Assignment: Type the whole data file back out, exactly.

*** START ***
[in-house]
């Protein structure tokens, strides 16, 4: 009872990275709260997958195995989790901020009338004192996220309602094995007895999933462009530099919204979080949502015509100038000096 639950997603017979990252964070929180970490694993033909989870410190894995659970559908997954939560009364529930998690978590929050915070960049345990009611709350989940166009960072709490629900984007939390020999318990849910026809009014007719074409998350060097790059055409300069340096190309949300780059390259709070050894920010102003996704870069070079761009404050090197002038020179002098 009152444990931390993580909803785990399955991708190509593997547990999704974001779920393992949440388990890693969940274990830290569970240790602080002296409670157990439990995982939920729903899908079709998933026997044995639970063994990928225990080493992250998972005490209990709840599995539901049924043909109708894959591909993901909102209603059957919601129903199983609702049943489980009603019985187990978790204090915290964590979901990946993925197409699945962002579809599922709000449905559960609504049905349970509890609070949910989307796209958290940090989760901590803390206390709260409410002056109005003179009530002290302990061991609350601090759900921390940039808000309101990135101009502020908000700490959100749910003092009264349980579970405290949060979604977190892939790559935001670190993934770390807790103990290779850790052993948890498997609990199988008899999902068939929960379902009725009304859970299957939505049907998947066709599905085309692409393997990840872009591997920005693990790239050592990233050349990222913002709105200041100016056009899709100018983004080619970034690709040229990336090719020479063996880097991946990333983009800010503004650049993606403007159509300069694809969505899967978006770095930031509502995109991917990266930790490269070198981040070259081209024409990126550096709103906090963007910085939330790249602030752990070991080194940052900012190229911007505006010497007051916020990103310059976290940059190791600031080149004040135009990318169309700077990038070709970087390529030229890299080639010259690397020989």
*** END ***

[in-house]
């Protein structure tokens, strides 16, 4: 009872990275709260997958195995989790901020009338004192996220309602094995007895999933462009530099919204979080949502015509100038000096 639950997603017979990252964070929180970490694993033909989870410190894995659970559908997954939560009364529930998690978590929050915070960049345990009611709350989940166009960072709490629900984007939390020999318990849910026809009014007719074409998350060097790059055409300069340096190309949300780059390259709070050894920010102003996704870069070079761009404050090197002038020179002098 009152444990931390993580909803785990399955991708190509593997547990999704974001779920393992949440388990890693969940274990830290569970240790602080002296409670157990439990995982939920729903899908079709998933026997044995639970063994990928225990080493992250998972005490209990709840599995539901049924043909109708894959591909993901909102209603059957919601129903199983609702049943489980009603019985187990978790204090915290964590979901990946993925197409699945962002579809599922709000449905559960609504049905349970509890609070949910989307796209958290940090989760901590803390206390709260409410002056109005003179009530002290302990061991609350601090759900921390940039808000309101990135101009502020908000700490959100749910003092009264349980579970405290949060979604977190892939790559935001670190993934770390807790103990290779850790052993948890498997609990199988008899999902068939929960379902009725009304859970299957939505049907998947066709599905085309692409393997990840872009591997920005693990790239050592990233050349990222913002709105200041100016056009899709100018983004080619970034690709040229990336090719020479063996880097991946990333983009800010503004650049993606403007159509300069694809969505899967978006770095930031509502995109991917990266930790490269070198981040070259081209024409990126550096709103906090963007910085939330790249602030752990070991080194940052900012190229911007505006010497007051916020990103310059976290940059190791600031080149004040135009990318169309700077990038070709970087390529030229890299080639010259690397020989």